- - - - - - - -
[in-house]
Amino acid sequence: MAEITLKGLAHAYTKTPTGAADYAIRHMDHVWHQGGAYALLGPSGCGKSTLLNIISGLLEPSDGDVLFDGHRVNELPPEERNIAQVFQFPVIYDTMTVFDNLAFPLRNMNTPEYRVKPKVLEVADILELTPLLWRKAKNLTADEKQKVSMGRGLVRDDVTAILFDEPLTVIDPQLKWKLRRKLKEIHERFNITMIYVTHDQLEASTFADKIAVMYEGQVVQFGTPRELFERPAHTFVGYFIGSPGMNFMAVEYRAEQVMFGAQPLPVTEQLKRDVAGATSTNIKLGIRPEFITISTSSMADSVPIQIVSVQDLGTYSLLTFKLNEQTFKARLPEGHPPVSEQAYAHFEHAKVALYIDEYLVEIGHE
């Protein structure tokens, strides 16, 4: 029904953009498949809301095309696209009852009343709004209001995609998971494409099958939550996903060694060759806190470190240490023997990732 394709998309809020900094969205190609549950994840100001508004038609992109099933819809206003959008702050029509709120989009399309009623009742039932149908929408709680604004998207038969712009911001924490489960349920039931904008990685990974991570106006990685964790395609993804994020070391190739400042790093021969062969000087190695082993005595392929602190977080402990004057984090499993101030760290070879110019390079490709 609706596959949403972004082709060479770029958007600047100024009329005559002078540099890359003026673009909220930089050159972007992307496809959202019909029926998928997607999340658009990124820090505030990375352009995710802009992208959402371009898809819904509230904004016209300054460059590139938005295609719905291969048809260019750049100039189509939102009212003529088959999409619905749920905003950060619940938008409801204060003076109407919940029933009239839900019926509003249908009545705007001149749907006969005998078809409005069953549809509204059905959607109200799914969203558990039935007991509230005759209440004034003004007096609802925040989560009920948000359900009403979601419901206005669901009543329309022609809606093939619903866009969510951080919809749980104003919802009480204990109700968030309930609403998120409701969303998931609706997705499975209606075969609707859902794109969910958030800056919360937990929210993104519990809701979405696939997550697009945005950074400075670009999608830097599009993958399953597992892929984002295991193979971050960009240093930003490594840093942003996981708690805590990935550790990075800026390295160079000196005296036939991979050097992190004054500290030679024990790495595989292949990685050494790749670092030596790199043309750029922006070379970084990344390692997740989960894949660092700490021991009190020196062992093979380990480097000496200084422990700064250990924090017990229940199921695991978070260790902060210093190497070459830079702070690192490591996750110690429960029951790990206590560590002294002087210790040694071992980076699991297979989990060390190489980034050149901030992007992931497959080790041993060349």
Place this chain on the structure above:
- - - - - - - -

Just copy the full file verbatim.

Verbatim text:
[in-house]
Amino acid sequence: MAEITLKGLAHAYTKTPTGAADYAIRHMDHVWHQGGAYALLGPSGCGKSTLLNIISGLLEPSDGDVLFDGHRVNELPPEERNIAQVFQFPVIYDTMTVFDNLAFPLRNMNTPEYRVKPKVLEVADILELTPLLWRKAKNLTADEKQKVSMGRGLVRDDVTAILFDEPLTVIDPQLKWKLRRKLKEIHERFNITMIYVTHDQLEASTFADKIAVMYEGQVVQFGTPRELFERPAHTFVGYFIGSPGMNFMAVEYRAEQVMFGAQPLPVTEQLKRDVAGATSTNIKLGIRPEFITISTSSMADSVPIQIVSVQDLGTYSLLTFKLNEQTFKARLPEGHPPVSEQAYAHFEHAKVALYIDEYLVEIGHE
């Protein structure tokens, strides 16, 4: 029904953009498949809301095309696209009852009343709004209001995609998971494409099958939550996903060694060759806190470190240490023997990732 394709998309809020900094969205190609549950994840100001508004038609992109099933819809206003959008702050029509709120989009399309009623009742039932149908929408709680604004998207038969712009911001924490489960349920039931904008990685990974991570106006990685964790395609993804994020070391190739400042790093021969062969000087190695082993005595392929602190977080402990004057984090499993101030760290070879110019390079490709 609706596959949403972004082709060479770029958007600047100024009329005559002078540099890359003026673009909220930089050159972007992307496809959202019909029926998928997607999340658009990124820090505030990375352009995710802009992208959402371009898809819904509230904004016209300054460059590139938005295609719905291969048809260019750049100039189509939102009212003529088959999409619905749920905003950060619940938008409801204060003076109407919940029933009239839900019926509003249908009545705007001149749907006969005998078809409005069953549809509204059905959607109200799914969203558990039935007991509230005759209440004034003004007096609802925040989560009920948000359900009403979601419901206005669901009543329309022609809606093939619903866009969510951080919809749980104003919802009480204990109700968030309930609403998120409701969303998931609706997705499975209606075969609707859902794109969910958030800056919360937990929210993104519990809701979405696939997550697009945005950074400075670009999608830097599009993958399953597992892929984002295991193979971050960009240093930003490594840093942003996981708690805590990935550790990075800026390295160079000196005296036939991979050097992190004054500290030679024990790495595989292949990685050494790749670092030596790199043309750029922006070379970084990344390692997740989960894949660092700490021991009190020196062992093979380990480097000496200084422990700064250990924090017990229940199921695991978070260790902060210093190497070459830079702070690192490591996750110690429960029951790990206590560590002294002087210790040694071992980076699991297979989990060390190489980034050149901030992007992931497959080790041993060349």
Place this chain on the structure above: